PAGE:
development packages and multilib

Tom Lane tgl at
Mon Apr 20 00:48:53 UTC 2009

=?iso-8859-1?q?Bj=F6rn_Persson?= <bjorn at> writes:
> I know that compiled libraries can be installed in both 32-bit and 64-bit 
> versions at the same time, but is this required for -devel packages as well? 

Yes, up to a point.  I am not sure if recent Fedora versions have
improved on matters (there was talk of improvement awhile back --- eg  But the
way it works for RHEL packages is that multilib conflicts are only
allowed for binary executable files, and I think only if they're in
standard locations such as /usr/bin, /sbin, etc.  For example, if your
-devel package has to install /usr/include/mypackage.h, then the 32-bit
and 64-bit versions must install *identical* copies of that file.

Now if mypackage.h comes straight from the upstream distro, this is
no problem.  For files generated during build (think mypackage-config.h)
it is a big problem, since such files often contain arch-specific
values.  The standard workaround is to install the actual generated
file as, say, /usr/include/mypackage-config-i386.h or
/usr/include/mypackage-config-x86_64.h, and have both packages provide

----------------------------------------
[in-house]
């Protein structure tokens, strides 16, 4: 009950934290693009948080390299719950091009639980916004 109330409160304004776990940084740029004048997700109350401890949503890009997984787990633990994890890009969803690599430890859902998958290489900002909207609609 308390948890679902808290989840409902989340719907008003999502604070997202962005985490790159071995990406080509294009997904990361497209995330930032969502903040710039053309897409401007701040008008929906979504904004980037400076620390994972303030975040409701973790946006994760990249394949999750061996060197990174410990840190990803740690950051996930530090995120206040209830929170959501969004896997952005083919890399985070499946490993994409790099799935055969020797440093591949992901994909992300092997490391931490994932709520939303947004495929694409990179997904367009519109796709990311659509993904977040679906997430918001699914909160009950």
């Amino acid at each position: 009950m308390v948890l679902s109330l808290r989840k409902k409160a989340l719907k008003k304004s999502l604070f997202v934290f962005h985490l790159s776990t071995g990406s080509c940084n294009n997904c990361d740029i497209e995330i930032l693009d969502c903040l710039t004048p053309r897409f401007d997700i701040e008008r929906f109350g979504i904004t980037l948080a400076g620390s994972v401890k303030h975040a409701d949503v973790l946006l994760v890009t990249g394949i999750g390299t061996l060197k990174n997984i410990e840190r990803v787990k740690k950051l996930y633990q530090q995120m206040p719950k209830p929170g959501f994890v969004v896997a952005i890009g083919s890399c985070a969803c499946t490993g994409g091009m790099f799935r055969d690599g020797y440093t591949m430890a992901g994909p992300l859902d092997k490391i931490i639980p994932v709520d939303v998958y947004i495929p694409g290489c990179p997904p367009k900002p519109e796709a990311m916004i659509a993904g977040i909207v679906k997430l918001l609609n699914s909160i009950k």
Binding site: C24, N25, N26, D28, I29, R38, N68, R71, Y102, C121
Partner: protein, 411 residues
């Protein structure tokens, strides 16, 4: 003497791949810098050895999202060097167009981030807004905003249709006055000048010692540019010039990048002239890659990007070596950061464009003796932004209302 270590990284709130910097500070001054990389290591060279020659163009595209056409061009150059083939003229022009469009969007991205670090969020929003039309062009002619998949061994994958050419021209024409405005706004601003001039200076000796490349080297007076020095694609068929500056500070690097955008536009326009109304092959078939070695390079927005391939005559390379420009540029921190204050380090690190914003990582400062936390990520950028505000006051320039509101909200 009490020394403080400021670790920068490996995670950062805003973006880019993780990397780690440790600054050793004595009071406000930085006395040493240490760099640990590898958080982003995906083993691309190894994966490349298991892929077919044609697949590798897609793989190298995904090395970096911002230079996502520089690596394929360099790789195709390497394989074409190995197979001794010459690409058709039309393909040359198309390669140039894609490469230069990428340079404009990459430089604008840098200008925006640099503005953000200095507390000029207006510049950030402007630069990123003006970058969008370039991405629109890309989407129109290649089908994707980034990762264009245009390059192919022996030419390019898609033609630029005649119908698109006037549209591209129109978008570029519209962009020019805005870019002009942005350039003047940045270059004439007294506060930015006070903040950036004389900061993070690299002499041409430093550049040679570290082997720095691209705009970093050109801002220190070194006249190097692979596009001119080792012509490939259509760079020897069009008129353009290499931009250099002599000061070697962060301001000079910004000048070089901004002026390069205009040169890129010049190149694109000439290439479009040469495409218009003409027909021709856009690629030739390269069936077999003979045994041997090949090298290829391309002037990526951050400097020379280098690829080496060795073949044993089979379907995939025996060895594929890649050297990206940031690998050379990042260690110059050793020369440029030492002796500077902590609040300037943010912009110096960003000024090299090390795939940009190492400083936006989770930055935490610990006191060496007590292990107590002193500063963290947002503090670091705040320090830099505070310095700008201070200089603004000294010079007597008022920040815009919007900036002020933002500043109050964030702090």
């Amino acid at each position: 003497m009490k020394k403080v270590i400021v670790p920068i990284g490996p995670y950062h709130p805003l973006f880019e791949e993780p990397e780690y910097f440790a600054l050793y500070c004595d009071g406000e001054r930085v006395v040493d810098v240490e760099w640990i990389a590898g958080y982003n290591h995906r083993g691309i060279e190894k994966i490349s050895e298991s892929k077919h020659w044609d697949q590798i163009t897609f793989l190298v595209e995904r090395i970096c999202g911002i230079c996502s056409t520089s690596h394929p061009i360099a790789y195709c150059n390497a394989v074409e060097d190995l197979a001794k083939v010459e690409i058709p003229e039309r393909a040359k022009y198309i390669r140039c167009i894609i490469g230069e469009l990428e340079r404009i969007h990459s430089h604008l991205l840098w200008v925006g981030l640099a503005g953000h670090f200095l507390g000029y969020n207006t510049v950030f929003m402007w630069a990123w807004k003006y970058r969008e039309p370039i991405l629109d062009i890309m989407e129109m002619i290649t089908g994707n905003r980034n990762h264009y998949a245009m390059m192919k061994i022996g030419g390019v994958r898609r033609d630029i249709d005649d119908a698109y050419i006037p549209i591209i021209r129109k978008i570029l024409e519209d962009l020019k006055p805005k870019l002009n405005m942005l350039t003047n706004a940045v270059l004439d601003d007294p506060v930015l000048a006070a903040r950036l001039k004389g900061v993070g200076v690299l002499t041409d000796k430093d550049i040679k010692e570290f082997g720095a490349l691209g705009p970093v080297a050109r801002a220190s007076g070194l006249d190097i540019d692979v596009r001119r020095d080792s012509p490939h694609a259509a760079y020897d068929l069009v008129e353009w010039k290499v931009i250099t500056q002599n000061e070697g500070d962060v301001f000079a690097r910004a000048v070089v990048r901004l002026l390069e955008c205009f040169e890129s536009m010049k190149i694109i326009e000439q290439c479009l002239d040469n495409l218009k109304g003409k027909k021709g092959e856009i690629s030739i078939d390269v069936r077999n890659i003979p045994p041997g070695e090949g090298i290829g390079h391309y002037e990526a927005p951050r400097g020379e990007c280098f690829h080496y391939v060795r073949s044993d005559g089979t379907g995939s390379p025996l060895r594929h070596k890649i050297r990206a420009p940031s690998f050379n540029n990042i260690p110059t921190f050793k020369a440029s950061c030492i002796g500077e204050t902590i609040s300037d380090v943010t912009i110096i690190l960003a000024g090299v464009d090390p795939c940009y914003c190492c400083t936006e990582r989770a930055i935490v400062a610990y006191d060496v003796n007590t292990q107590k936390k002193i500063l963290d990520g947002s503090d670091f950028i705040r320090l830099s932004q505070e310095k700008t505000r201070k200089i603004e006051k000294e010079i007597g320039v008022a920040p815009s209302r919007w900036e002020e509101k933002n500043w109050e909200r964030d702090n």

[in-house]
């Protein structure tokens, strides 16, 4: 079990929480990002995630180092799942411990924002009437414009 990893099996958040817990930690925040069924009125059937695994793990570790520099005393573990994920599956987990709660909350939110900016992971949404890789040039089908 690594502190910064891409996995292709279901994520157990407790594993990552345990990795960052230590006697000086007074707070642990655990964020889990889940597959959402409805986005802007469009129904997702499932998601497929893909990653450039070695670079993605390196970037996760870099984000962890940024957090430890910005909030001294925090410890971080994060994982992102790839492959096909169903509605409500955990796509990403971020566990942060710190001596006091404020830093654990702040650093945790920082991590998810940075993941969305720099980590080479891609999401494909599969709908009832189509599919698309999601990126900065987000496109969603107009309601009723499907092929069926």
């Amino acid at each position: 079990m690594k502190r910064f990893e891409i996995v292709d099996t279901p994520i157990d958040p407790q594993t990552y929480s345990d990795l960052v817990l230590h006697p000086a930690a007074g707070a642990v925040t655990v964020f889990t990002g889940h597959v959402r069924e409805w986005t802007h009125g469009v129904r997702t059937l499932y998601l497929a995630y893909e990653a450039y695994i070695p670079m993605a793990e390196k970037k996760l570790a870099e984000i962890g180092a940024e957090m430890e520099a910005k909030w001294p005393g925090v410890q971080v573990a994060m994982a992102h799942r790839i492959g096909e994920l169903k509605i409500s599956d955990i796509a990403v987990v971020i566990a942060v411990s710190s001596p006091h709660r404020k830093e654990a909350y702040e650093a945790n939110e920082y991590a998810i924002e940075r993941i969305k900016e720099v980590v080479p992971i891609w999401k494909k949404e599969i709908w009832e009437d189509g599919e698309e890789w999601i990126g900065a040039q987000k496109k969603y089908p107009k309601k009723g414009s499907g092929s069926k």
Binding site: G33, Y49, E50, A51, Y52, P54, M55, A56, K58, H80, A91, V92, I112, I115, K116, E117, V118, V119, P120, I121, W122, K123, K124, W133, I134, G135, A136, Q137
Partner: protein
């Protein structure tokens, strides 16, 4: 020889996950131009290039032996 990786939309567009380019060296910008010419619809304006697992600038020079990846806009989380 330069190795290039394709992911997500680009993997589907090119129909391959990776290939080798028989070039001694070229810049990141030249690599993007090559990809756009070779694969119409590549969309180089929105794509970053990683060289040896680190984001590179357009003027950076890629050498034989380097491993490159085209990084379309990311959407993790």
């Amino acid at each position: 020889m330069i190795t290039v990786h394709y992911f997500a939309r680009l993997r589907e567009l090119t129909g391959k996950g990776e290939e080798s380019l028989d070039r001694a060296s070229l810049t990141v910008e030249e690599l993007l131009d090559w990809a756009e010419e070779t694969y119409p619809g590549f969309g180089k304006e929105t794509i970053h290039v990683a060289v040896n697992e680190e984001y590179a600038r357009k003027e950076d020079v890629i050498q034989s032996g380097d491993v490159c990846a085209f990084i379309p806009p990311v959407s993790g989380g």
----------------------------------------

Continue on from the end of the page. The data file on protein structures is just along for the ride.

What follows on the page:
a textually identical stub file /usr/include/mypackage-config.h that
#include's the right one of these depending on platform #define's.

Actual library files of course aren't a problem since they are under
either /usr/lib or /usr/lib64.

The other common source of conflicts is generated configuration scripts,
eg "/usr/bin/mypackage-config".  The /usr/bin exception I mentioned
above applies only for *binary* executables --- if your package builds a
shell script or something similar that contains configuration values,
it still breaks the rules.  This can be solved with a similar
indirection workaround.  I tend to put the actual generated script
under /usr/lib or /usr/lib64, and then /usr/bin/ has a stub that
invokes the right one of these.

I'm not entirely sure what's the point of this rule, given that if you
have any binary executables the two packages aren't going to be
concurrently installable anyway.  But I suppose a lot of -devel packages
don't need to do that.

You can find examples of how I do this in the mysql and postgresql
package specfiles in CVS.  That stuff is all several years old now,
and there might be better ways that have evolved in the meantime
(especially if you only care about recent Fedora releases).
I'd be interested to find out more about how other people do it.

			regards, tom lane

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